Anat Rosenberg, “Liberal Anguish: Wuthering Heights and the Structures of Liberal Thought” (pp. 1–25)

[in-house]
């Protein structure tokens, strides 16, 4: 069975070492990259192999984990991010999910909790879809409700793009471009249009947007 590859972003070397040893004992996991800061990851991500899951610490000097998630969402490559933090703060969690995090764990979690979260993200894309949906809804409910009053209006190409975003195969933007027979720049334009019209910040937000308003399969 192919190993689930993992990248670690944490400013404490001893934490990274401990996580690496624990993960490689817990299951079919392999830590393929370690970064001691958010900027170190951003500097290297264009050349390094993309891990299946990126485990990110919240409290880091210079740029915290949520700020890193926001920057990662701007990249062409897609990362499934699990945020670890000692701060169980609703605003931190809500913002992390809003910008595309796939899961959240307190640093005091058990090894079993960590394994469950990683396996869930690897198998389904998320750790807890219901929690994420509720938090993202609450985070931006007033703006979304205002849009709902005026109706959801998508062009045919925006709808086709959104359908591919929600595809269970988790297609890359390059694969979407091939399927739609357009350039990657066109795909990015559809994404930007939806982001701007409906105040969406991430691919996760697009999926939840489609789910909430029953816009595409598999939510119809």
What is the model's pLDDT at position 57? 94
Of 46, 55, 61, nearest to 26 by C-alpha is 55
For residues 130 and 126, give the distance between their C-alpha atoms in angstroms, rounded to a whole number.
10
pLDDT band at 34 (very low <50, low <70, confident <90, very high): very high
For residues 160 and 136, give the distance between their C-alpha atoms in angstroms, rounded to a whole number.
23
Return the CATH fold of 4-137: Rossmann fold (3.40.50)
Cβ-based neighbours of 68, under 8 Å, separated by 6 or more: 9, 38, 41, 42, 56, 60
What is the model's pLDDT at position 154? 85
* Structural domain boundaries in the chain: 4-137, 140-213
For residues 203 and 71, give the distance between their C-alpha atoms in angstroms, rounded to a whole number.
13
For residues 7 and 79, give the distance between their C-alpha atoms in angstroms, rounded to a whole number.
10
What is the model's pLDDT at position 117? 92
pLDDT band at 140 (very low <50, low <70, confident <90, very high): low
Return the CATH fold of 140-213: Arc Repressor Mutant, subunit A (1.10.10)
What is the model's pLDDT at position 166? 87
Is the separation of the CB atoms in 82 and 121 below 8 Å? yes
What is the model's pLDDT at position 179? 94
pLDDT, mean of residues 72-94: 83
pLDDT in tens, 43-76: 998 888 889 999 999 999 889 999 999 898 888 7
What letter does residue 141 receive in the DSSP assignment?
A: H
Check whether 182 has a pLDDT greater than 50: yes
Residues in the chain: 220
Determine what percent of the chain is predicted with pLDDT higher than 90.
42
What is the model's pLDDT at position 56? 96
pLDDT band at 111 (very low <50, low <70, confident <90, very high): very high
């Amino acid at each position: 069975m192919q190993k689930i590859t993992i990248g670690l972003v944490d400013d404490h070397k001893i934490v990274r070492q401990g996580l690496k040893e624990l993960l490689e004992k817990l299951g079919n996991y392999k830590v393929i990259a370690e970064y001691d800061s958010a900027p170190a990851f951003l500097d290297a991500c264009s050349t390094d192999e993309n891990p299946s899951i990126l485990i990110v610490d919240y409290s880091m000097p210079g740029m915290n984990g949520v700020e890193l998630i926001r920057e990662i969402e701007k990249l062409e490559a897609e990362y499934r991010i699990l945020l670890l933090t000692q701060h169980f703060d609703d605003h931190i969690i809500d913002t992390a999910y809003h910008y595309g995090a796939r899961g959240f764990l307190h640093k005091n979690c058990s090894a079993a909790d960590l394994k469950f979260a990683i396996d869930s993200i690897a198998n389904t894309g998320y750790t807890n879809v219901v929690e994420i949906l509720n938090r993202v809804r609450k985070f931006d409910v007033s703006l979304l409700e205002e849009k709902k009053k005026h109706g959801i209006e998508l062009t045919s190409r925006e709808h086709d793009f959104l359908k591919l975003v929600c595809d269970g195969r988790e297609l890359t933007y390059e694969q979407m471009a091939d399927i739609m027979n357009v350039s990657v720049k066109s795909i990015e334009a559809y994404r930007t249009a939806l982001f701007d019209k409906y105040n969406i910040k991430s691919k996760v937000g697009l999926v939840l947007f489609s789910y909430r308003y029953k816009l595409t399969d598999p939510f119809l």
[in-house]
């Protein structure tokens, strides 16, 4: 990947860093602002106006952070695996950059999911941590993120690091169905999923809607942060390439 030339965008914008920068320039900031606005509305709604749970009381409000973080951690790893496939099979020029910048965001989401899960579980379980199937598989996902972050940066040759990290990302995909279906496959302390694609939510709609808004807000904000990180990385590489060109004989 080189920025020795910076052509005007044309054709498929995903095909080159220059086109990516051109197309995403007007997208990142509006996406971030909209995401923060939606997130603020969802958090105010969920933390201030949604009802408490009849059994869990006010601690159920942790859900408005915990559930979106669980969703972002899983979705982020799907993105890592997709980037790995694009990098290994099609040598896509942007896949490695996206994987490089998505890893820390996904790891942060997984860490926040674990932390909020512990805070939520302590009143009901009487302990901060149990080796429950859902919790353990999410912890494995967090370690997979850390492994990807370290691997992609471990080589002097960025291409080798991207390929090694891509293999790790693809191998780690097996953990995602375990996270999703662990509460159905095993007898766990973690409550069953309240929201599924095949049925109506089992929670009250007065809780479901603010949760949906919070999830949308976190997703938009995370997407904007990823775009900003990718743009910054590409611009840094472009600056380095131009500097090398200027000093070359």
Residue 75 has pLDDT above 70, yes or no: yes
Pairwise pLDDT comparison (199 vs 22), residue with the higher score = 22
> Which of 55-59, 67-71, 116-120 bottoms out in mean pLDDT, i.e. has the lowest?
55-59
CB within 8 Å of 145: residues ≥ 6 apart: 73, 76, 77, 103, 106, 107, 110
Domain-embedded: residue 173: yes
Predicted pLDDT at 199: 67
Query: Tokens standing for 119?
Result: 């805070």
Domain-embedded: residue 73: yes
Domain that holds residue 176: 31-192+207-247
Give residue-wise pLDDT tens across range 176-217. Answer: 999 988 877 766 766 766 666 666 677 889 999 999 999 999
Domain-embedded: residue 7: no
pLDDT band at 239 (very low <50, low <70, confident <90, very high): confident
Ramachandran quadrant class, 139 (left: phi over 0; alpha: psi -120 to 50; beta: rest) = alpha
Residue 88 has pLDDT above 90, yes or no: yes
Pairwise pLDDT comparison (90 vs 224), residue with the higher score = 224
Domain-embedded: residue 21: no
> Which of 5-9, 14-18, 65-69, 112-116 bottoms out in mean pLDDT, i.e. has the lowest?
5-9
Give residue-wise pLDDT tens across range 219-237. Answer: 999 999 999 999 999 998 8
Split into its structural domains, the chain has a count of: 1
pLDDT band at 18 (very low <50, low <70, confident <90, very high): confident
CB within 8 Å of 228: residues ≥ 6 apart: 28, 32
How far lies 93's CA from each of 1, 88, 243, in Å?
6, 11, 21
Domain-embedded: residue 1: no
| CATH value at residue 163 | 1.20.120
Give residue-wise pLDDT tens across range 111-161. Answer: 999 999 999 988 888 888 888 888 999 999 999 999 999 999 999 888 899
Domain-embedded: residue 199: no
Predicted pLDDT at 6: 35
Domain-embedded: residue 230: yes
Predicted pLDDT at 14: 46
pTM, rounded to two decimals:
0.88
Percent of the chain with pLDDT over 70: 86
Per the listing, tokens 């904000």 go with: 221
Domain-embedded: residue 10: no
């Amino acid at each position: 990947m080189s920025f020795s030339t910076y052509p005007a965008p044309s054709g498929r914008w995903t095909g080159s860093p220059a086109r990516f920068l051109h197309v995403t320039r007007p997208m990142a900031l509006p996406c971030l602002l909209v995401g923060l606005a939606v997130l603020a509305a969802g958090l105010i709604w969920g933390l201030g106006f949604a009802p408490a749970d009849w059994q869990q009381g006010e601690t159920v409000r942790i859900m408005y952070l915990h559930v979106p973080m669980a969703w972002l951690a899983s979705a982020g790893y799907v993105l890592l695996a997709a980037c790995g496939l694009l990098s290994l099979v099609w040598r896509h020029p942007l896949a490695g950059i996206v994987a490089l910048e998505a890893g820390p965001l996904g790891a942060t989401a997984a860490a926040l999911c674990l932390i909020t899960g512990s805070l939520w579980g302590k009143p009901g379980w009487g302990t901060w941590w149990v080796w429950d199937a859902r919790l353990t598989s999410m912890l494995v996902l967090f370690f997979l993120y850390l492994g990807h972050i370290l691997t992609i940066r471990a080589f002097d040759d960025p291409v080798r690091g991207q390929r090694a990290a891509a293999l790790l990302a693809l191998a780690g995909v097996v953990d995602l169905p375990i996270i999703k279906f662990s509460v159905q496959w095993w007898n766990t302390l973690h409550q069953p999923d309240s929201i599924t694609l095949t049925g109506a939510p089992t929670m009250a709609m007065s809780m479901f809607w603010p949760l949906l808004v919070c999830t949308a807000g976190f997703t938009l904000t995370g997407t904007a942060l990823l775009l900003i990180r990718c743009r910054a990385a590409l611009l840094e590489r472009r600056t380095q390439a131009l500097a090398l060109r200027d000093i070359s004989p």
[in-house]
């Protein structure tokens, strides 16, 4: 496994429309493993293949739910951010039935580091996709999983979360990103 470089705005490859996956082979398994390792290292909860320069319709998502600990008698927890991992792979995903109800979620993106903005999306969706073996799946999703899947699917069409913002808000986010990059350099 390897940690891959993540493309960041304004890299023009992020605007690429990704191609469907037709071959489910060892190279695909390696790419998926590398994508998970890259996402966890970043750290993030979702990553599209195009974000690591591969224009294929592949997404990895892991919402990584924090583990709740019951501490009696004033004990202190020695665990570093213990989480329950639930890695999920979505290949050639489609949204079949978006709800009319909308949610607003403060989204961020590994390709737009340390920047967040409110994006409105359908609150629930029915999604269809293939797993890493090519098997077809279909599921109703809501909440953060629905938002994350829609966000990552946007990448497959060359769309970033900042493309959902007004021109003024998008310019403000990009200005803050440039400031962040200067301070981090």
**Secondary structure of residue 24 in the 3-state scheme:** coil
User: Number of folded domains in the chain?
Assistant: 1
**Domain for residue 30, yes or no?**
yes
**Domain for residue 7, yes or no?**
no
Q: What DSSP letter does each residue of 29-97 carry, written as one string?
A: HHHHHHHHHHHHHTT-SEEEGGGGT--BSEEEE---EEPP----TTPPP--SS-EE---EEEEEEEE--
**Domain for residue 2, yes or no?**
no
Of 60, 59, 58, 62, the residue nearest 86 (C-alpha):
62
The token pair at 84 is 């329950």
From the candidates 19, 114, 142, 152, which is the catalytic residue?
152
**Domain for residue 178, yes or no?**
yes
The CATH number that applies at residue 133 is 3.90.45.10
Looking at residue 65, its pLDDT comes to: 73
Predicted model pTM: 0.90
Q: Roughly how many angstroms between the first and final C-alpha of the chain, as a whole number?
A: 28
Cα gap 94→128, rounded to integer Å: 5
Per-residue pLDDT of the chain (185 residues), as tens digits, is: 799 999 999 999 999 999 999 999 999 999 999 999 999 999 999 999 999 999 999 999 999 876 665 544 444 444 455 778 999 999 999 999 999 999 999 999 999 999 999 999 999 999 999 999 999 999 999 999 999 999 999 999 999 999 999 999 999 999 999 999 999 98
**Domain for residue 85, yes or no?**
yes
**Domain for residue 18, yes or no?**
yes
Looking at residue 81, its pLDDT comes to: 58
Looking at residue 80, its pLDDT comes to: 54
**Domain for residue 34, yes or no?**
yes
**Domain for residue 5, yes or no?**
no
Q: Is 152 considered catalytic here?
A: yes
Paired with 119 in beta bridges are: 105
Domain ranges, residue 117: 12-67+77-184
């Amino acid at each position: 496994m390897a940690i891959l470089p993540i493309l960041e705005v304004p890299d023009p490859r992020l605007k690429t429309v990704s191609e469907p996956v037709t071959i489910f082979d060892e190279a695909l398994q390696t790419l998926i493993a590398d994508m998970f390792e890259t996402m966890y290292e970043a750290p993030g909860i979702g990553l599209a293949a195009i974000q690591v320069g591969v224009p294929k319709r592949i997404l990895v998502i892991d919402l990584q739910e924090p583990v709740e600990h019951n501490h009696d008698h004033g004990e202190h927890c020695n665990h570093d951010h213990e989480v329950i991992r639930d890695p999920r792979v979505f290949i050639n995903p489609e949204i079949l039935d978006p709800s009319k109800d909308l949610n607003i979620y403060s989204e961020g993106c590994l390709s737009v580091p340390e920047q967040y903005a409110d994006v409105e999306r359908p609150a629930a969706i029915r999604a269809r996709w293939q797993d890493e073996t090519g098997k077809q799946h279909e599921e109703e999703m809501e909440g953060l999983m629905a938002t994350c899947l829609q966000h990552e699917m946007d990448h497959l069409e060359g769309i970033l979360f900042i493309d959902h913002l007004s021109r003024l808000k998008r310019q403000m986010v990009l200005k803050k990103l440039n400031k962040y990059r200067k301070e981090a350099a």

After decades of sustained academic critiques along established lines, liberalism has recently attracted renewed evaluations. These readings treat complexity as inherent in liberalism, and proceed to explore its structures beyond suspicious hermeneutics. This essay argues that Emily Brontë’s Wuthering Heights (1847) constitutes an early and sophisticated argument about the structures of complexity in liberalism. Not only does Brontë’s novel merit entry into the discussion as a conceptual contribution, but it also offers an aesthetic enactment of the anguish that liberal structures of complexity were to evoke for generations to follow, an anguish experienced already at its troubled reception.
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